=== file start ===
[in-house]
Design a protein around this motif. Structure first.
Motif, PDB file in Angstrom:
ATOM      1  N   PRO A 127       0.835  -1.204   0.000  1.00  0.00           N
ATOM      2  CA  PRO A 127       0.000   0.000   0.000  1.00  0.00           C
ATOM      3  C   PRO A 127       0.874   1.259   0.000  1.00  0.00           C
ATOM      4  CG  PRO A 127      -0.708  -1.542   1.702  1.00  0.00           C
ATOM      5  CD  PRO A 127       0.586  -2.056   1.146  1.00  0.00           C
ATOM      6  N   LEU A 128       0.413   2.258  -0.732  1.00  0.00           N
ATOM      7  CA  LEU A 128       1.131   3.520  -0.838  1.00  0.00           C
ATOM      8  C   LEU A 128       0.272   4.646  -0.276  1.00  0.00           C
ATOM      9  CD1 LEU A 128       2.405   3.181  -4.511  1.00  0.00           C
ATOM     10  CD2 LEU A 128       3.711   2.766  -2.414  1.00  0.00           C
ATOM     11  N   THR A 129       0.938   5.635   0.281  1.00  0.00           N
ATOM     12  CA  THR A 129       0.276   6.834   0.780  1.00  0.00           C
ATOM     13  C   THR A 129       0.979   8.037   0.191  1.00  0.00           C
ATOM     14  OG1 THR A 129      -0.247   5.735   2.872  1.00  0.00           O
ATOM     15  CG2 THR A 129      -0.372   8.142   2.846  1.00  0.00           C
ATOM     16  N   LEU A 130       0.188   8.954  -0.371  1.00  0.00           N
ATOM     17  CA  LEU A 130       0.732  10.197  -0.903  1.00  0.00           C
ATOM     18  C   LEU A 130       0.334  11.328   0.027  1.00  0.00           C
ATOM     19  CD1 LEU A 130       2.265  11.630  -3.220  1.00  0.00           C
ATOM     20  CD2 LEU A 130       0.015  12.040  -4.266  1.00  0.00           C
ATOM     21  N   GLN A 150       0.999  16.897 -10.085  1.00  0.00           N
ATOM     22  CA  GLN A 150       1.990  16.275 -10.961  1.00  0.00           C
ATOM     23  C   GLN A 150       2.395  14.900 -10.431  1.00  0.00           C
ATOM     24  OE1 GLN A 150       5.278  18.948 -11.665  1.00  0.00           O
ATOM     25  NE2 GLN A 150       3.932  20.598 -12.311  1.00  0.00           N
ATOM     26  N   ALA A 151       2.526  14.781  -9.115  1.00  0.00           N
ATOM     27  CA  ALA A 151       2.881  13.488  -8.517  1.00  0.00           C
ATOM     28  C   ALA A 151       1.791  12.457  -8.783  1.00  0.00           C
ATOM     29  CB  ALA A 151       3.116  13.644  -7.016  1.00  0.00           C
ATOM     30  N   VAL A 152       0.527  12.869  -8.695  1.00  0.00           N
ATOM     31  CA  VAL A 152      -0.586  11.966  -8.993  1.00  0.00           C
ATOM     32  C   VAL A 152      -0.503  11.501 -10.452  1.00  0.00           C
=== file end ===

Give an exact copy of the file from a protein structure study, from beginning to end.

[in-house]
Design a protein around this motif. Structure first.
Motif, PDB file in Angstrom:
ATOM      1  N   PRO A 127       0.835  -1.204   0.000  1.00  0.00           N
ATOM      2  CA  PRO A 127       0.000   0.000   0.000  1.00  0.00           C
ATOM      3  C   PRO A 127       0.874   1.259   0.000  1.00  0.00           C
ATOM      4  CG  PRO A 127      -0.708  -1.542   1.702  1.00  0.00           C
ATOM      5  CD  PRO A 127       0.586  -2.056   1.146  1.00  0.00           C
ATOM      6  N   LEU A 128       0.413   2.258  -0.732  1.00  0.00           N
ATOM      7  CA  LEU A 128       1.131   3.520  -0.838  1.00  0.00           C
ATOM      8  C   LEU A 128       0.272   4.646  -0.276  1.00  0.00           C
ATOM      9  CD1 LEU A 128       2.405   3.181  -4.511  1.00  0.00           C
ATOM     10  CD2 LEU A 128       3.711   2.766  -2.414  1.00  0.00           C
ATOM     11  N   THR A 129       0.938   5.635   0.281  1.00  0.00           N
ATOM     12  CA  THR A 129       0.276   6.834   0.780  1.00  0.00           C
ATOM     13  C   THR A 129       0.979   8.037   0.191  1.00  0.00           C
ATOM     14  OG1 THR A 129      -0.247   5.735   2.872  1.00  0.00           O
ATOM     15  CG2 THR A 129      -0.372   8.142   2.846  1.00  0.00           C
ATOM     16  N   LEU A 130       0.188   8.954  -0.371  1.00  0.00           N
ATOM     17  CA  LEU A 130       0.732  10.197  -0.903  1.00  0.00           C
ATOM     18  C   LEU A 130       0.334  11.328   0.027  1.00  0.00           C
ATOM     19  CD1 LEU A 130       2.265  11.630  -3.220  1.00  0.00           C
ATOM     20  CD2 LEU A 130       0.015  12.040  -4.266  1.00  0.00           C
ATOM     21  N   GLN A 150       0.999  16.897 -10.085  1.00  0.00           N
ATOM     22  CA  GLN A 150       1.990  16.275 -10.961  1.00  0.00           C
ATOM     23  C   GLN A 150       2.395  14.900 -10.431  1.00  0.00           C
ATOM     24  OE1 GLN A 150       5.278  18.948 -11.665  1.00  0.00           O
ATOM     25  NE2 GLN A 150       3.932  20.598 -12.311  1.00  0.00           N
ATOM     26  N   ALA A 151       2.526  14.781  -9.115  1.00  0.00           N
ATOM     27  CA  ALA A 151       2.881  13.488  -8.517  1.00  0.00           C
ATOM     28  C   ALA A 151       1.791  12.457  -8.783  1.00  0.00           C
ATOM     29  CB  ALA A 151       3.116  13.644  -7.016  1.00  0.00           C
ATOM     30  N   VAL A 152       0.527  12.869  -8.695  1.00  0.00           N
ATOM     31  CA  VAL A 152      -0.586  11.966  -8.993  1.00  0.00           C
ATOM     32  C   VAL A 152      -0.503  11.501 -10.452  1.00  0.00           C